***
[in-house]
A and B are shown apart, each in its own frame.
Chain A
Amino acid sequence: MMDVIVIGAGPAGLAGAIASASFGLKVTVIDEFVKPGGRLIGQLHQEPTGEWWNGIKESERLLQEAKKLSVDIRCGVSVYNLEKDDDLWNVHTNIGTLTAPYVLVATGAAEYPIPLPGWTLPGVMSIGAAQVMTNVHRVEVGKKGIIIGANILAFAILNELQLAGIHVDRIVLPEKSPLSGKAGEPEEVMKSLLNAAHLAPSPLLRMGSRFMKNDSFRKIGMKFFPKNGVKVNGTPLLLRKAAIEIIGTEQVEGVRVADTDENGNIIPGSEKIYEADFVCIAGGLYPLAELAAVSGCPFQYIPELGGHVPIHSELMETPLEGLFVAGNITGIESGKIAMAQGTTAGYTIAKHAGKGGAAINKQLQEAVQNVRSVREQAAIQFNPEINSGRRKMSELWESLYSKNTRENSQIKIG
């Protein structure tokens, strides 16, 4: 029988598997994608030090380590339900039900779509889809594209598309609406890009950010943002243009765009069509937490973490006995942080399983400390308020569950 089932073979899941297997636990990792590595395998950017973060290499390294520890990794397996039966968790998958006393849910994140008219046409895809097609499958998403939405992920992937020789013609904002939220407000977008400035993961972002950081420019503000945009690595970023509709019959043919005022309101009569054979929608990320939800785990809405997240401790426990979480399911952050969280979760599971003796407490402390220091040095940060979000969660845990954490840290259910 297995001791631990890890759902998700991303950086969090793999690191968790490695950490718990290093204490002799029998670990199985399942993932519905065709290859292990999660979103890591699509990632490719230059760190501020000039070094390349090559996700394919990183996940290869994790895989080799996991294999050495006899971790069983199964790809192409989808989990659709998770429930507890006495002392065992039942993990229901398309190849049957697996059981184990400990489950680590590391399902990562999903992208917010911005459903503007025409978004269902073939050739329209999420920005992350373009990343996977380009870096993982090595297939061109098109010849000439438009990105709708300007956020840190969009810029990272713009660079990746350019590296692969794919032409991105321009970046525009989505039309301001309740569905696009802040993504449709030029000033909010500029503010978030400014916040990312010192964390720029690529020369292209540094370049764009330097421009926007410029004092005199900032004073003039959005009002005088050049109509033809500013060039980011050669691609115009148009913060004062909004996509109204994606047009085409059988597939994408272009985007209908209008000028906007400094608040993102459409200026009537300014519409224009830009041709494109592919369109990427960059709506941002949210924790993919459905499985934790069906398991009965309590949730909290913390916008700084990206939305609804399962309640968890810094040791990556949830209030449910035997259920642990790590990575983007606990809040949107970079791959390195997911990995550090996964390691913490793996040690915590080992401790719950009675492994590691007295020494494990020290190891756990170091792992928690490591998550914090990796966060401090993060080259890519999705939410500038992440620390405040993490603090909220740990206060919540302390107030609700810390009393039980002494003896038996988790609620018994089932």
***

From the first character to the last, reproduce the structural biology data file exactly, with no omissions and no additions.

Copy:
[in-house]
A and B are shown apart, each in its own frame.
Chain A
Amino acid sequence: MMDVIVIGAGPAGLAGAIASASFGLKVTVIDEFVKPGGRLIGQLHQEPTGEWWNGIKESERLLQEAKKLSVDIRCGVSVYNLEKDDDLWNVHTNIGTLTAPYVLVATGAAEYPIPLPGWTLPGVMSIGAAQVMTNVHRVEVGKKGIIIGANILAFAILNELQLAGIHVDRIVLPEKSPLSGKAGEPEEVMKSLLNAAHLAPSPLLRMGSRFMKNDSFRKIGMKFFPKNGVKVNGTPLLLRKAAIEIIGTEQVEGVRVADTDENGNIIPGSEKIYEADFVCIAGGLYPLAELAAVSGCPFQYIPELGGHVPIHSELMETPLEGLFVAGNITGIESGKIAMAQGTTAGYTIAKHAGKGGAAINKQLQEAVQNVRSVREQAAIQFNPEINSGRRKMSELWESLYSKNTRENSQIKIG
């Protein structure tokens, strides 16, 4: 029988598997994608030090380590339900039900779509889809594209598309609406890009950010943002243009765009069509937490973490006995942080399983400390308020569950 089932073979899941297997636990990792590595395998950017973060290499390294520890990794397996039966968790998958006393849910994140008219046409895809097609499958998403939405992920992937020789013609904002939220407000977008400035993961972002950081420019503000945009690595970023509709019959043919005022309101009569054979929608990320939800785990809405997240401790426990979480399911952050969280979760599971003796407490402390220091040095940060979000969660845990954490840290259910 297995001791631990890890759902998700991303950086969090793999690191968790490695950490718990290093204490002799029998670990199985399942993932519905065709290859292990999660979103890591699509990632490719230059760190501020000039070094390349090559996700394919990183996940290869994790895989080799996991294999050495006899971790069983199964790809192409989808989990659709998770429930507890006495002392065992039942993990229901398309190849049957697996059981184990400990489950680590590391399902990562999903992208917010911005459903503007025409978004269902073939050739329209999420920005992350373009990343996977380009870096993982090595297939061109098109010849000439438009990105709708300007956020840190969009810029990272713009660079990746350019590296692969794919032409991105321009970046525009989505039309301001309740569905696009802040993504449709030029000033909010500029503010978030400014916040990312010192964390720029690529020369292209540094370049764009330097421009926007410029004092005199900032004073003039959005009002005088050049109509033809500013060039980011050669691609115009148009913060004062909004996509109204994606047009085409059988597939994408272009985007209908209008000028906007400094608040993102459409200026009537300014519409224009830009041709494109592919369109990427960059709506941002949210924790993919459905499985934790069906398991009965309590949730909290913390916008700084990206939305609804399962309640968890810094040791990556949830209030449910035997259920642990790590990575983007606990809040949107970079791959390195997911990995550090996964390691913490793996040690915590080992401790719950009675492994590691007295020494494990020290190891756990170091792992928690490591998550914090990796966060401090993060080259890519999705939410500038992440620390405040993490603090909220740990206060919540302390107030609700810390009393039980002494003896038996988790609620018994089932």